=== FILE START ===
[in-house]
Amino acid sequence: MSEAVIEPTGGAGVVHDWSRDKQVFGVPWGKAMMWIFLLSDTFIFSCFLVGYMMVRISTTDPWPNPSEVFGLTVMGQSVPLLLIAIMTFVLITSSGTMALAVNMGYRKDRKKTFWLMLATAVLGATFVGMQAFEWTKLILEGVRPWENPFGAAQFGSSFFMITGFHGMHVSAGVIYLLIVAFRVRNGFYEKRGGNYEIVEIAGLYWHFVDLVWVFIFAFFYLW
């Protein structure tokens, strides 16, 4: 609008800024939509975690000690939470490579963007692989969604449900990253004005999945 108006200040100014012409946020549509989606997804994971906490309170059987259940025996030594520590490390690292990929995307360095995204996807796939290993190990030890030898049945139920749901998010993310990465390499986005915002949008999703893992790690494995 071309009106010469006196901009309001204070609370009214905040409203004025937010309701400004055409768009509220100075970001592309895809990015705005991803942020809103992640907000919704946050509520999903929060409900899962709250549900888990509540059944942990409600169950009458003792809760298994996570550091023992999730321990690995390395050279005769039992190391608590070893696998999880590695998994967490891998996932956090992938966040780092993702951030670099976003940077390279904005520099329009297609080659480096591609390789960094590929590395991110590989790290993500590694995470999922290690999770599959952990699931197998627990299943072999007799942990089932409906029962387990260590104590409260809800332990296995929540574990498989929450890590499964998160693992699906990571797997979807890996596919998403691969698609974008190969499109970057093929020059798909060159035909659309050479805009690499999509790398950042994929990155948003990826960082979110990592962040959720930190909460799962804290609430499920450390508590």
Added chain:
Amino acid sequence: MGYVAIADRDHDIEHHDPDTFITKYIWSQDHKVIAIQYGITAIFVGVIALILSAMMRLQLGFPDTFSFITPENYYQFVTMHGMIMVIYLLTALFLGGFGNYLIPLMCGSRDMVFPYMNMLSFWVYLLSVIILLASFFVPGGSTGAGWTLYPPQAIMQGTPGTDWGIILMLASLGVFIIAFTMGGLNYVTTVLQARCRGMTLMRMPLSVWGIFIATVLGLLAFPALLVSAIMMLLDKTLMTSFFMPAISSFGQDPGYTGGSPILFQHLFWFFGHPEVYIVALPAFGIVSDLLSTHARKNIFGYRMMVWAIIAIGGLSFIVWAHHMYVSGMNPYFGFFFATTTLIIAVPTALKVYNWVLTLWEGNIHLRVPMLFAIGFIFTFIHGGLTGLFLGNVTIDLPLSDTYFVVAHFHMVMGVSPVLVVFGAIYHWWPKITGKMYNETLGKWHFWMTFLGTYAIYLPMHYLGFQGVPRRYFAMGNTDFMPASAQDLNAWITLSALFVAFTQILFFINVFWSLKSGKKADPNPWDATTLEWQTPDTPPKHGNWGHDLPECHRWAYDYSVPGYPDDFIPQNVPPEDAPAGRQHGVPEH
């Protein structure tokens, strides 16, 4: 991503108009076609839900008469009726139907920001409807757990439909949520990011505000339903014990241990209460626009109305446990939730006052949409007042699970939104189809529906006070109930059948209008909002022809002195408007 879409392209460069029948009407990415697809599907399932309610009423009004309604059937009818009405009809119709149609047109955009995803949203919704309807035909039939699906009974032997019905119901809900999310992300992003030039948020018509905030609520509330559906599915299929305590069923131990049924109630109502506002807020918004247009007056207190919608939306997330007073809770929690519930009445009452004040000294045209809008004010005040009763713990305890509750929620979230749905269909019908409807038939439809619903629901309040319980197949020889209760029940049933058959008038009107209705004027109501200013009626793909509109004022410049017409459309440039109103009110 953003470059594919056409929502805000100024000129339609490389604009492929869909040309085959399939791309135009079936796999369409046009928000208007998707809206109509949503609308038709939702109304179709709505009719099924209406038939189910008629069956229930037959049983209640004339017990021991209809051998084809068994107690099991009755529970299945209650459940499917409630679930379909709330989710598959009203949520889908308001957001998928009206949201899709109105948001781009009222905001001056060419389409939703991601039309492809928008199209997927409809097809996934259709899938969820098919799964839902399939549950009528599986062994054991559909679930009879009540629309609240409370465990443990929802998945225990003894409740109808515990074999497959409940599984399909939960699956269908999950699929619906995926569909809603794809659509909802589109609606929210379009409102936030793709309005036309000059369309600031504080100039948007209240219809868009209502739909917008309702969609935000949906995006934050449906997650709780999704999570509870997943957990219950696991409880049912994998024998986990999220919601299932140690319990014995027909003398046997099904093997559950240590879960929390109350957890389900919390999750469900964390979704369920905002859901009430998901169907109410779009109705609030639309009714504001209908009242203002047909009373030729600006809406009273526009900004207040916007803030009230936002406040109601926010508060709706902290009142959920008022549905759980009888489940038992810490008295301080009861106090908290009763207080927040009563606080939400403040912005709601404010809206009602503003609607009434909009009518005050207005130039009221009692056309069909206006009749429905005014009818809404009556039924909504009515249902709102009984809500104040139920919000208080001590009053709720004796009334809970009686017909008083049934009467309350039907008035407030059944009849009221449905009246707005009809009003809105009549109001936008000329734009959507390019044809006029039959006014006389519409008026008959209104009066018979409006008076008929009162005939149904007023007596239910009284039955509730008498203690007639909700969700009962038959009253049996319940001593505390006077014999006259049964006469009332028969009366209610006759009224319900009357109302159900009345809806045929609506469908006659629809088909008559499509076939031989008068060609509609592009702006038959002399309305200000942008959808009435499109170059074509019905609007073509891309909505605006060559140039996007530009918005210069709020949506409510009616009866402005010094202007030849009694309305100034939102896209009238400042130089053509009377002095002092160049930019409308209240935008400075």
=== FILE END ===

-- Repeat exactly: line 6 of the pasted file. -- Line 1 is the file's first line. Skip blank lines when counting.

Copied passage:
């Protein structure tokens, strides 16, 4: 991503108009076609839900008469009726139907920001409807757990439909949520990011505000339903014990241990209460626009109305446990939730006052949409007042699970939104189809529906006070109930059948209008909002022809002195408007 879409392209460069029948009407990415697809599907399932309610009423009004309604059937009818009405009809119709149609047109955009995803949203919704309807035909039939699906009974032997019905119901809900999310992300992003030039948020018509905030609520509330559906599915299929305590069923131990049924109630109502506002807020918004247009007056207190919608939306997330007073809770929690519930009445009452004040000294045209809008004010005040009763713990305890509750929620979230749905269909019908409807038939439809619903629901309040319980197949020889209760029940049933058959008038009107209705004027109501200013009626793909509109004022410049017409459309440039109103009110 953003470059594919056409929502805000100024000129339609490389604009492929869909040309085959399939791309135009079936796999369409046009928000208007998707809206109509949503609308038709939702109304179709709505009719099924209406038939189910008629069956229930037959049983209640004339017990021991209809051998084809068994107690099991009755529970299945209650459940499917409630679930379909709330989710598959009203949520889908308001957001998928009206949201899709109105948001781009009222905001001056060419389409939703991601039309492809928008199209997927409809097809996934259709899938969820098919799964839902399939549950009528599986062994054991559909679930009879009540629309609240409370465990443990929802998945225990003894409740109808515990074999497959409940599984399909939960699956269908999950699929619906995926569909809603794809659509909802589109609606929210379009409102936030793709309005036309000059369309600031504080100039948007209240219809868009209502739909917008309702969609935000949906995006934050449906997650709780999704999570509870997943957990219950696991409880049912994998024998986990999220919601299932140690319990014995027909003398046997099904093997559950240590879960929390109350957890389900919390999750469900964390979704369920905002859901009430998901169907109410779009109705609030639309009714504001209908009242203002047909009373030729600006809406009273526009900004207040916007803030009230936002406040109601926010508060709706902290009142959920008022549905759980009888489940038992810490008295301080009861106090908290009763207080927040009563606080939400403040912005709601404010809206009602503003609607009434909009009518005050207005130039009221009692056309069909206006009749429905005014009818809404009556039924909504009515249902709102009984809500104040139920919000208080001590009053709720004796009334809970009686017909008083049934009467309350039907008035407030059944009849009221449905009246707005009809009003809105009549109001936008000329734009959507390019044809006029039959006014006389519409008026008959209104009066018979409006008076008929009162005939149904007023007596239910009284039955509730008498203690007639909700969700009962038959009253049996319940001593505390006077014999006259049964006469009332028969009366209610006759009224319900009357109302159900009345809806045929609506469908006659629809088909008559499509076939031989008068060609509609592009702006038959002399309305200000942008959808009435499109170059074509019905609007073509891309909505605006060559140039996007530009918005210069709020949506409510009616009866402005010094202007030849009694309305100034939102896209009238400042130089053509009377002095002092160049930019409308209240935008400075």